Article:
What’s at stake for boards? “If there’s an incident [involving a gun], everybody is probably going to get blamed. They will say the building should have screened purchasers or known that guns were owned, or taken precautions,” warns Cholst. “The board may be named as a defendant in a lawsuit.”

“Should a shareholder shoot someone, it generally would not create liability for the co-op if it was the first shooting incident by [that individual],” says Shmulewitz. “Similar to ‘vicious dog’ cases, if the co-op board had no reason to know of the shooter’s dangerous propensities, the co-op generally won’t be liable for [the] criminal act.”

New York courts have generally held that property owners are not guarantors of the safety of those who enter upon or live on the premises. Nevertheless, the corporation could be held liable under these circumstances if the board knew or should have known that such an incident would be a “significant, foreseeable possibility” and that it failed to exercise reasonable care, says Ostwald. “The reason these legal standards sound somewhat vague is because every situation is considered in its context on a case-by-case basis,” he adds.

For example, if the board accepts an applicant who is a police officer, and an incident occurs, it is unlikely the board would be held liable. However, if the board knew at the time of the application process that this police officer had a history of unjustified shootings, the outcome might be different. A more obvious example, says Ostwald, would be a situation where the board knows that a person has a history of violent behavior, mental illness, or criminal conduct and fails to take reasonable care to address the potential danger. Such measures could include installation of security cameras, hiring an extra security guard, or pursuing an eviction proceeding.

A court will closely scrutinize the board’s prior action in the event of an incident on its premises. The best course of action, says Ostwald, is for the board and management to be vigilant, proactive, and responsive when it sees the potential of harm to people on the property. “Courts and juries do not look kindly on property owners who ignore signs of danger.”

Boards should maintain appropriate insurance at all times. Most general liability policies would provide coverage for a suit in which the co-op is named because of an injury from a gun-related accident or shooting in the building, but some companies do have a firearms exclusion, as well as an assault and battery exclusion. Either could conceivably exclude coverage for gun-related incidents, so insurance policies should be reviewed carefully, says Edward Mackoul, president of Mackoul & Associates, an insurance broker.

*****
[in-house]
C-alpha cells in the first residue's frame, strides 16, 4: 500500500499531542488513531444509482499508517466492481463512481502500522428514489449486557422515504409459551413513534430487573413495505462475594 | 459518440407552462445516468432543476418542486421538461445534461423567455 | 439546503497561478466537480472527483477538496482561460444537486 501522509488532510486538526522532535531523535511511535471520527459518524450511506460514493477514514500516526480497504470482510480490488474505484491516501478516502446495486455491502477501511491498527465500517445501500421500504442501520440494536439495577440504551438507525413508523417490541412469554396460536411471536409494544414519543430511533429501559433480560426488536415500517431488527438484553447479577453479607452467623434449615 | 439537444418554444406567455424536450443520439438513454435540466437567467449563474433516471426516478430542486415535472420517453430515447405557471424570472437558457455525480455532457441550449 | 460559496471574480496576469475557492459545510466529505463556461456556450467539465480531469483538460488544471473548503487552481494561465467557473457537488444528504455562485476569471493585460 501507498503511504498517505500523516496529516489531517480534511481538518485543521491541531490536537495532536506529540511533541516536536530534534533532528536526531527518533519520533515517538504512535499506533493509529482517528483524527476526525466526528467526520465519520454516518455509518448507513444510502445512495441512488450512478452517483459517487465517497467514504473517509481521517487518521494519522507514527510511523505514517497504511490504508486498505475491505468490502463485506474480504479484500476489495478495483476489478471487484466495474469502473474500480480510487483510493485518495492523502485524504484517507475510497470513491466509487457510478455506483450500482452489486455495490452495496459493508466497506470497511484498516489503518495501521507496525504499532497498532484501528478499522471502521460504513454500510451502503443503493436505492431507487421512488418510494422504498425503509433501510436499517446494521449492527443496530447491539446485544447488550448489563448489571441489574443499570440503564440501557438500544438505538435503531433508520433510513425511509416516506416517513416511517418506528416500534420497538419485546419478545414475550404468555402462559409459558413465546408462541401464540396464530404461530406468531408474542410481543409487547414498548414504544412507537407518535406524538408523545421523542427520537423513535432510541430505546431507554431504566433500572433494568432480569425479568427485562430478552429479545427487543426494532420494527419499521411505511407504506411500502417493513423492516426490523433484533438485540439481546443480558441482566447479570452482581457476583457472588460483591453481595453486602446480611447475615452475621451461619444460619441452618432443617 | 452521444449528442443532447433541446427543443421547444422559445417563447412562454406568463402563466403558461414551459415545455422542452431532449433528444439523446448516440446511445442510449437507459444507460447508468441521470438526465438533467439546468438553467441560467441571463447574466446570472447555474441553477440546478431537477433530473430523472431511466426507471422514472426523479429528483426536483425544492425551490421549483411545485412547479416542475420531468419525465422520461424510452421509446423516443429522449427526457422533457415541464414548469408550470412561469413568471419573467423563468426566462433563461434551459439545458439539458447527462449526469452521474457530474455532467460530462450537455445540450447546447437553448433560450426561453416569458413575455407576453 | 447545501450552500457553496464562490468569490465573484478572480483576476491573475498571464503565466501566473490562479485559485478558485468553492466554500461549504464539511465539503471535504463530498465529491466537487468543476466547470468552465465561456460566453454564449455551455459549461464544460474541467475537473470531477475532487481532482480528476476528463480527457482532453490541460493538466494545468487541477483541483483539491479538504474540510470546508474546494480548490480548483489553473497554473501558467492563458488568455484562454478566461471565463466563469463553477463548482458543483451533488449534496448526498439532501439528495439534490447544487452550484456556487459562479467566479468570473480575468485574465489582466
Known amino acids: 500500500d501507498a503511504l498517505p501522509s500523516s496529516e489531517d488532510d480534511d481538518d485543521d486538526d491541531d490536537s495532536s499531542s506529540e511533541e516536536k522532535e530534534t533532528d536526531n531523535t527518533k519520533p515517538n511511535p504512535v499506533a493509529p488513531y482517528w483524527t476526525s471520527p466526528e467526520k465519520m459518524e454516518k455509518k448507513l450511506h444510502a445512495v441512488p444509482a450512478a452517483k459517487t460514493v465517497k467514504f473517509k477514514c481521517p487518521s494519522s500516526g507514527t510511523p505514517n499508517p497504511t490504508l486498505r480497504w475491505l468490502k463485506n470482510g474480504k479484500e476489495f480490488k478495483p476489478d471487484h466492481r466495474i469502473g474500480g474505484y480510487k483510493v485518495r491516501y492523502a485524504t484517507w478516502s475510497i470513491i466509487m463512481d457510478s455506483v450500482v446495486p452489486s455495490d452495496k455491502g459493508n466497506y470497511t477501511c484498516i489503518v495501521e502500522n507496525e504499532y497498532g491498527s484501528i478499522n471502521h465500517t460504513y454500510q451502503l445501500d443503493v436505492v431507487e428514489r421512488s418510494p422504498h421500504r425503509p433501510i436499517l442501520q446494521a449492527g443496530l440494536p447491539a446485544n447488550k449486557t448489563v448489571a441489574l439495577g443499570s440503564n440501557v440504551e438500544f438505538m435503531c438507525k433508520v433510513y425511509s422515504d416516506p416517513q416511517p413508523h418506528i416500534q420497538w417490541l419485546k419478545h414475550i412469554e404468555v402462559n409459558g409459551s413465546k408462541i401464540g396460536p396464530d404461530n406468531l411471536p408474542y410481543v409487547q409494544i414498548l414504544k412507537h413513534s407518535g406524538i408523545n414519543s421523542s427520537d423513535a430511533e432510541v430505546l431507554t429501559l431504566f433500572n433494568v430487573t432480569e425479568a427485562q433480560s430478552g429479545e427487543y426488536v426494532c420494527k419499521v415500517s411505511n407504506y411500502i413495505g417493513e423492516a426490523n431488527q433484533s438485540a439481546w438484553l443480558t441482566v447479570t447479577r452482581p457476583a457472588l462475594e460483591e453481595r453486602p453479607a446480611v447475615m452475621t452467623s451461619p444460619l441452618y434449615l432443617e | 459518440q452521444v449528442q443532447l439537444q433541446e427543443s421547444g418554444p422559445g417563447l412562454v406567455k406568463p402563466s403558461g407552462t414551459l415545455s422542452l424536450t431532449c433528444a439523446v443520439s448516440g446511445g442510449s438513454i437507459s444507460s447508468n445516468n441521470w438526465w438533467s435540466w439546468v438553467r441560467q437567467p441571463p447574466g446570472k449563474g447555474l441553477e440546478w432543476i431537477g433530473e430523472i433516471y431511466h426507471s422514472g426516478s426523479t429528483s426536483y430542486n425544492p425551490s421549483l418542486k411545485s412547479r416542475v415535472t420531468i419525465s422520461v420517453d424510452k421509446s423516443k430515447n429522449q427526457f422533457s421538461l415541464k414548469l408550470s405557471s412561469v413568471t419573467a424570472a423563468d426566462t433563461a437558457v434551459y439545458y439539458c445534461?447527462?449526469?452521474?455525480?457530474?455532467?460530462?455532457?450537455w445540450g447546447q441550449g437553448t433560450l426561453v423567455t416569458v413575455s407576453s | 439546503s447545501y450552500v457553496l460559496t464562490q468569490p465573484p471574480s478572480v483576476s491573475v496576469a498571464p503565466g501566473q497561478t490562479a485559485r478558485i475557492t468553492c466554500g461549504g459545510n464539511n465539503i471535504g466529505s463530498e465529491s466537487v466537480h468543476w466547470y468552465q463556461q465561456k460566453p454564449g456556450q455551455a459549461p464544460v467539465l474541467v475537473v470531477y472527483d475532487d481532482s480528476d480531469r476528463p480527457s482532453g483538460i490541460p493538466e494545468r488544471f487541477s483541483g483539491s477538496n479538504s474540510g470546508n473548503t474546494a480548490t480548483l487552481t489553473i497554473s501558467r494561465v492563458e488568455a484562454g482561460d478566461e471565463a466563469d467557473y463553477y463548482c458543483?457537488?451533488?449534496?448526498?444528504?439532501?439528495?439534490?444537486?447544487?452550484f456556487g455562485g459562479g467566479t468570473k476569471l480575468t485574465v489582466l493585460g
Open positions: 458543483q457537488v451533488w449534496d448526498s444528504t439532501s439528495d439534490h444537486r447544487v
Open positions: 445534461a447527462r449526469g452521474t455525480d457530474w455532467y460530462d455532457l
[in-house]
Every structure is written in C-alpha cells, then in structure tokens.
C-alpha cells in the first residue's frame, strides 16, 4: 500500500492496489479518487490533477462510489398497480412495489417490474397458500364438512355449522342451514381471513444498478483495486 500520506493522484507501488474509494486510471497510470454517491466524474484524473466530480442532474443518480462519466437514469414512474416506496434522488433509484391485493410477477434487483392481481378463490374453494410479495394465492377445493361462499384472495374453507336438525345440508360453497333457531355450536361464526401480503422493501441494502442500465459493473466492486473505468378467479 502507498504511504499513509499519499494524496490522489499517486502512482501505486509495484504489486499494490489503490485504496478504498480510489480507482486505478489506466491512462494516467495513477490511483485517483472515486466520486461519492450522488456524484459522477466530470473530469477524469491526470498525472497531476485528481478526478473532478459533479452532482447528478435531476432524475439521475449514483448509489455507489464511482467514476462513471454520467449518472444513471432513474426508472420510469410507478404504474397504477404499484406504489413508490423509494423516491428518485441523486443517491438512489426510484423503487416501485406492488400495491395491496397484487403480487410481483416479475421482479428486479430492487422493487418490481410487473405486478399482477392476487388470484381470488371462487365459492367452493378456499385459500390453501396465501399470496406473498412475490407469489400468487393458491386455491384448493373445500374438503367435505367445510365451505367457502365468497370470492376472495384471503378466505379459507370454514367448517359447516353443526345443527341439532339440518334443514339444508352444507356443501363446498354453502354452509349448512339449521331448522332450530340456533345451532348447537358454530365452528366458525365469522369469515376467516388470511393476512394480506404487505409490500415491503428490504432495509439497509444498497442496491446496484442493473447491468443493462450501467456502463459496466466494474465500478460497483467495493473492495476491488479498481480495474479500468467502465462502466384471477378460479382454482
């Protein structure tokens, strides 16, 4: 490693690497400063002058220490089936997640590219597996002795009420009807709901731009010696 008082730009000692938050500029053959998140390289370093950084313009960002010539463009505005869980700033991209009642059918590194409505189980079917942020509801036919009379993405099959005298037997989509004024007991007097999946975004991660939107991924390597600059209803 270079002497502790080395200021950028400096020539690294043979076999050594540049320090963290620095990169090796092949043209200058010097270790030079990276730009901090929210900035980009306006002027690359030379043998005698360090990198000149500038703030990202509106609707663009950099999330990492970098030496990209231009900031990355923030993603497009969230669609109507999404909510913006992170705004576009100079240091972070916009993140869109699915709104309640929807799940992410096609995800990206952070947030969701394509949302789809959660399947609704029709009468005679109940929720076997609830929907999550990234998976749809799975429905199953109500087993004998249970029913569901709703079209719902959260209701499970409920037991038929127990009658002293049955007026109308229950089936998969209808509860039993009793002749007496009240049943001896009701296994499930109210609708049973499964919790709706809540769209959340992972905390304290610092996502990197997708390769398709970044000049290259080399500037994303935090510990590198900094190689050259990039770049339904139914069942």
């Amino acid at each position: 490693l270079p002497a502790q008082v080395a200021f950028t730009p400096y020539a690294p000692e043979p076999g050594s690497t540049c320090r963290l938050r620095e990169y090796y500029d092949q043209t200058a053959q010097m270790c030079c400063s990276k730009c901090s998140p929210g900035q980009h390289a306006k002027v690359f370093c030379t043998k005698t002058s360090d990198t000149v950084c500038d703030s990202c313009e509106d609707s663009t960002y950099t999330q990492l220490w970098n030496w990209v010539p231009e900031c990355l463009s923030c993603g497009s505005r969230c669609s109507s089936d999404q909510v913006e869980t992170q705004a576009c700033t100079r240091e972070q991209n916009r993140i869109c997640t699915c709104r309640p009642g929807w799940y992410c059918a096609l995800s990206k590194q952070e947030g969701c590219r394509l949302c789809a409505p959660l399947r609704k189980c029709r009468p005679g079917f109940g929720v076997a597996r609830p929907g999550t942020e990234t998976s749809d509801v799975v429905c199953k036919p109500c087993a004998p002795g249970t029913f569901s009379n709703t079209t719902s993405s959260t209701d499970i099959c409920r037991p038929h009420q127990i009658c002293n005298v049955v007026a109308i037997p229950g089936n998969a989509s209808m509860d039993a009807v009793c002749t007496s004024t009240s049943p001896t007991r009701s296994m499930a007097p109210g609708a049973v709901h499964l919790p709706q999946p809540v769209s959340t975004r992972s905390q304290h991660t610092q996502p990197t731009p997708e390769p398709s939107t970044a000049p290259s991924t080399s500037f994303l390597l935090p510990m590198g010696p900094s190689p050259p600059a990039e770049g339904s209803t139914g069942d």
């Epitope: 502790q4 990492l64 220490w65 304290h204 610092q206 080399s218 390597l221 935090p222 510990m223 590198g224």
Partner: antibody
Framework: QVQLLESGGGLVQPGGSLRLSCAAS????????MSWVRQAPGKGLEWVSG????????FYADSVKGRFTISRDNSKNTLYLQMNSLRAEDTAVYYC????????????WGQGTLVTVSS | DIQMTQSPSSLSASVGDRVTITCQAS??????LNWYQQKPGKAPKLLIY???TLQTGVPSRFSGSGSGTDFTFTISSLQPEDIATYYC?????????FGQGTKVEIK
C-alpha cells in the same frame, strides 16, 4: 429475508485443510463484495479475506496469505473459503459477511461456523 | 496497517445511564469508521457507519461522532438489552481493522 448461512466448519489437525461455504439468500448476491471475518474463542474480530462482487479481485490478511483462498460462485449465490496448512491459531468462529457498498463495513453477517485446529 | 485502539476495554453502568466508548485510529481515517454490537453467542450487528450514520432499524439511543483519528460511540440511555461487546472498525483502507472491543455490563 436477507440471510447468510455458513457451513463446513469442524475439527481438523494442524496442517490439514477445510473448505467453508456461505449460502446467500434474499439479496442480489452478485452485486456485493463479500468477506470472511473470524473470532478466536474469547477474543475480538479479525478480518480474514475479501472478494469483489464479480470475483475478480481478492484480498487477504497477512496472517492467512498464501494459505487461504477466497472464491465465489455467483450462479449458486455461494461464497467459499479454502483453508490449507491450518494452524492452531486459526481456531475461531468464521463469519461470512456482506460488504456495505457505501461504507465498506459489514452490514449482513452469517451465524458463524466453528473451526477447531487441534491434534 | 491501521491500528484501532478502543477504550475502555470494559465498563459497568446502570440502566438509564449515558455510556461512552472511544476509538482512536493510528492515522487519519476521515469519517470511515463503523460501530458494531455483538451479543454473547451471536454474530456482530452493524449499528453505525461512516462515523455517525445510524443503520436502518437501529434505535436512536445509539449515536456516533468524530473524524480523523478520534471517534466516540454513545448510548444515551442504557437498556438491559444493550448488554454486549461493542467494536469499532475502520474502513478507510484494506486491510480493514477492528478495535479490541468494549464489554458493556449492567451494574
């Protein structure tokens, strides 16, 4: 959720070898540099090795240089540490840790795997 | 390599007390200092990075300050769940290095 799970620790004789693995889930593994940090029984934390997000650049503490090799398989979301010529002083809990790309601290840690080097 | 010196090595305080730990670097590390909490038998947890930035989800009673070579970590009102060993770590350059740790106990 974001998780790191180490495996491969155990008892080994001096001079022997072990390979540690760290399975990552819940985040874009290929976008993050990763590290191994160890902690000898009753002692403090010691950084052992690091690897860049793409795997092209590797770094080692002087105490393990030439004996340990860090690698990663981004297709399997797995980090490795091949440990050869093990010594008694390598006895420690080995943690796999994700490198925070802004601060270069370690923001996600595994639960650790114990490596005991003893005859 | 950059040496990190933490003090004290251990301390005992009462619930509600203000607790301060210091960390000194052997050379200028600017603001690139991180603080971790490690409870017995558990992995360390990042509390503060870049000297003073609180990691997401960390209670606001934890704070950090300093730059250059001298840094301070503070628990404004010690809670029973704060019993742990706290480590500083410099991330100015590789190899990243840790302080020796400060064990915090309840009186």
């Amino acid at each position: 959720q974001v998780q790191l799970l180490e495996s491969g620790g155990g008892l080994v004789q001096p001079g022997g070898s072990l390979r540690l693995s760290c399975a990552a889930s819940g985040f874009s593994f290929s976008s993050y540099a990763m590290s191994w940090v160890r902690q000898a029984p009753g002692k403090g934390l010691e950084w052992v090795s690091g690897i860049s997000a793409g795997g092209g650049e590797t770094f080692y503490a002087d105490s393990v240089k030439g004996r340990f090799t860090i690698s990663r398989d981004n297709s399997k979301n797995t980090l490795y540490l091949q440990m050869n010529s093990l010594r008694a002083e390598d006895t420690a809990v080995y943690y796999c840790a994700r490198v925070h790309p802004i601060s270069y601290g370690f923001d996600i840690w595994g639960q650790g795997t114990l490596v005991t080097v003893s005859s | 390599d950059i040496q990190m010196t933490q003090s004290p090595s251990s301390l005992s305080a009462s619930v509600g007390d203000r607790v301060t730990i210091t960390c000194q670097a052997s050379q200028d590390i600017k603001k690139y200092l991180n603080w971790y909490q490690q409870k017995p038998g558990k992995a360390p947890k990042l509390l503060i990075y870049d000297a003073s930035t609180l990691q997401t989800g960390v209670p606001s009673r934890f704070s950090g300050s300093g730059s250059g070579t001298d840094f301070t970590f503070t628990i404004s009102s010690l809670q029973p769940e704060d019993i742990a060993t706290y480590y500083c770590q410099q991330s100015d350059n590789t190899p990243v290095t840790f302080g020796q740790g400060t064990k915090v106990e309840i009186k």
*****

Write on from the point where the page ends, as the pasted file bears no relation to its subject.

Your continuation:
Taking on gun control poses challenges. “The issue is really a debate about boards representing the best interest of owners versus privacy,” says Stacey Patterson, of counsel to the law firm of Herrick, Feinstein.

While the board can regulate apartment use in a co-op, it is restricted in what it can do in a condo. Condos are considered real property and each resident owns his or her space. A co-op, however, is a corporation that owns the entire building, granting the resident (who has shares in the corporation) a lease. The board has much greater authority to restrict gun ownership in a co-op.

That said, should boards take steps to regulate gun ownership? And what steps can they take? Many experts say the time may be here. But even if you can impose rules, many point to an underlying philosophical question: restricting what a person can do in his or her apartment is controversial. “How far can the board go in regulating an occupant’s life within their own home?” asks Cholst.

“I think the main challenge will be balancing the safety, protection, and prevailing co-op community’s sentiments about gun ownership with the legal rights and privileges of gun owners,” notes board member Rosenstein. “Can someone who answers affirmatively about being licensed to own a gun or who actually owns a gun be rejected by a co-op board simply for being licensed or for owning?”

The most challenging issue would be the difficulty in monitoring gun ownership. Firearms are generally concealed or securely stored. This could make it difficult to prove a violation if the case went to court. Existing owners of firearms would still be bound by any policy, as unit-owners/shareholders are obligated from the inception of their ownership to abide by all provisions of the governing documents.

Experts warn that it would be difficult to enforce restrictions. “What mechanism would you use to enforce them?” says Patterson. “Do you search units? I don’t think so. If you see someone carrying a gun in public areas, then yes, you do a search. Having restrictions is useless if you can’t enforce them.”

Alvin Wasserman, director of asset management at Fairfield Properties, sees other problems. “If a cooperative were to adopt a no-gun rule, would a criminal without regard for the law [applying for a co-op apartment] hesitate to lie to a cooperative board about gun ownership? Thus, if a no-gun rule could be passed in a cooperative, law-abiding owners would not have guns and criminals would. This would be a microcosm of conditions in society as gun control laws become more restrictive on law-abiding citizens.”

Some gun advocates raise the possible economic downside of putting in place such rules. Says Patterson: “Potential buyers may be fearful. They may think there were problems in the building in the past. What impact will such policies have on potential buyers? Will they reduce the value of the units? There’s a lot to consider before passing gun control regulations.”